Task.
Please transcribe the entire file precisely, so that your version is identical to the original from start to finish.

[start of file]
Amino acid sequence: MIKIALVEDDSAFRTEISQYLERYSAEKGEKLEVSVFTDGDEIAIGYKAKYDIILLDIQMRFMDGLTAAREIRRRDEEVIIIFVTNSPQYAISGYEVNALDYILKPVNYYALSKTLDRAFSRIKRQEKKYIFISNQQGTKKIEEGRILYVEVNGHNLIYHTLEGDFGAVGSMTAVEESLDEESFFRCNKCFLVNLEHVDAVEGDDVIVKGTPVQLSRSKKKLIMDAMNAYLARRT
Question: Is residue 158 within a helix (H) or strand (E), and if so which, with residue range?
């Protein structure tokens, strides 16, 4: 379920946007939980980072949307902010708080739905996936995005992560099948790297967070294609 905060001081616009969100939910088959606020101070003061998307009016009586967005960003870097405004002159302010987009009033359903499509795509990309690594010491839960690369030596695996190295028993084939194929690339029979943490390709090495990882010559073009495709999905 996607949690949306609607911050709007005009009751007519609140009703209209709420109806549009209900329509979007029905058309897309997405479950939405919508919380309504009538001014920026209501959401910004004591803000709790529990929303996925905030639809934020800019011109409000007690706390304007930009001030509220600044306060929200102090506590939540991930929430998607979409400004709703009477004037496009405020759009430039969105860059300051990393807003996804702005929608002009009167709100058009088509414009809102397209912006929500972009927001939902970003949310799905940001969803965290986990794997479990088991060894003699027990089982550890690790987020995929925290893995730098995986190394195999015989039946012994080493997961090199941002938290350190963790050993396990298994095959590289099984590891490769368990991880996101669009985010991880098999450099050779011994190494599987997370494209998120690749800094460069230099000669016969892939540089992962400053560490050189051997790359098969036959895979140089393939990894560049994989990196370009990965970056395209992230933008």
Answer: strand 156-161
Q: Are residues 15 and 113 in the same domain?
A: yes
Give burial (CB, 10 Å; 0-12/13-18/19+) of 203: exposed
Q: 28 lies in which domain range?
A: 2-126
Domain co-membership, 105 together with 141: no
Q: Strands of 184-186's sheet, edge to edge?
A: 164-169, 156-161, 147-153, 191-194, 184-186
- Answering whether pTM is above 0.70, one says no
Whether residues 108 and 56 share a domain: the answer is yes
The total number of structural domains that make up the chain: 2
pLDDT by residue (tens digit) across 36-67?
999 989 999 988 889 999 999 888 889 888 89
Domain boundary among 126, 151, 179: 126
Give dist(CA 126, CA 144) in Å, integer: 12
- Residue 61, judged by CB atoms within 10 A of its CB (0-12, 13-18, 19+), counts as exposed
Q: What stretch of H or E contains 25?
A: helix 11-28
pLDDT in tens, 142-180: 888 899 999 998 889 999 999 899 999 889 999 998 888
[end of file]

Amino acid sequence: MIKIALVEDDSAFRTEISQYLERYSAEKGEKLEVSVFTDGDEIAIGYKAKYDIILLDIQMRFMDGLTAAREIRRRDEEVIIIFVTNSPQYAISGYEVNALDYILKPVNYYALSKTLDRAFSRIKRQEKKYIFISNQQGTKKIEEGRILYVEVNGHNLIYHTLEGDFGAVGSMTAVEESLDEESFFRCNKCFLVNLEHVDAVEGDDVIVKGTPVQLSRSKKKLIMDAMNAYLARRT
Question: Is residue 158 within a helix (H) or strand (E), and if so which, with residue range?
């Protein structure tokens, strides 16, 4: 379920946007939980980072949307902010708080739905996936995005992560099948790297967070294609 905060001081616009969100939910088959606020101070003061998307009016009586967005960003870097405004002159302010987009009033359903499509795509990309690594010491839960690369030596695996190295028993084939194929690339029979943490390709090495990882010559073009495709999905 996607949690949306609607911050709007005009009751007519609140009703209209709420109806549009209900329509979007029905058309897309997405479950939405919508919380309504009538001014920026209501959401910004004591803000709790529990929303996925905030639809934020800019011109409000007690706390304007930009001030509220600044306060929200102090506590939540991930929430998607979409400004709703009477004037496009405020759009430039969105860059300051990393807003996804702005929608002009009167709100058009088509414009809102397209912006929500972009927001939902970003949310799905940001969803965290986990794997479990088991060894003699027990089982550890690790987020995929925290893995730098995986190394195999015989039946012994080493997961090199941002938290350190963790050993396990298994095959590289099984590891490769368990991880996101669009985010991880098999450099050779011994190494599987997370494209998120690749800094460069230099000669016969892939540089992962400053560490050189051997790359098969036959895979140089393939990894560049994989990196370009990965970056395209992230933008």
Answer: strand 156-161
Q: Are residues 15 and 113 in the same domain?
A: yes
Give burial (CB, 10 Å; 0-12/13-18/19+) of 203: exposed
Q: 28 lies in which domain range?
A: 2-126
Domain co-membership, 105 together with 141: no
Q: Strands of 184-186's sheet, edge to edge?
A: 164-169, 156-161, 147-153, 191-194, 184-186
- Answering whether pTM is above 0.70, one says no
Whether residues 108 and 56 share a domain: the answer is yes
The total number of structural domains that make up the chain: 2
pLDDT by residue (tens digit) across 36-67?
999 989 999 988 889 999 999 888 889 888 89
Domain boundary among 126, 151, 179: 126
Give dist(CA 126, CA 144) in Å, integer: 12
- Residue 61, judged by CB atoms within 10 A of its CB (0-12, 13-18, 19+), counts as exposed
Q: What stretch of H or E contains 25?
A: helix 11-28
pLDDT in tens, 142-180: 888 899 999 998 889 999 999 899 999 889 999 998 888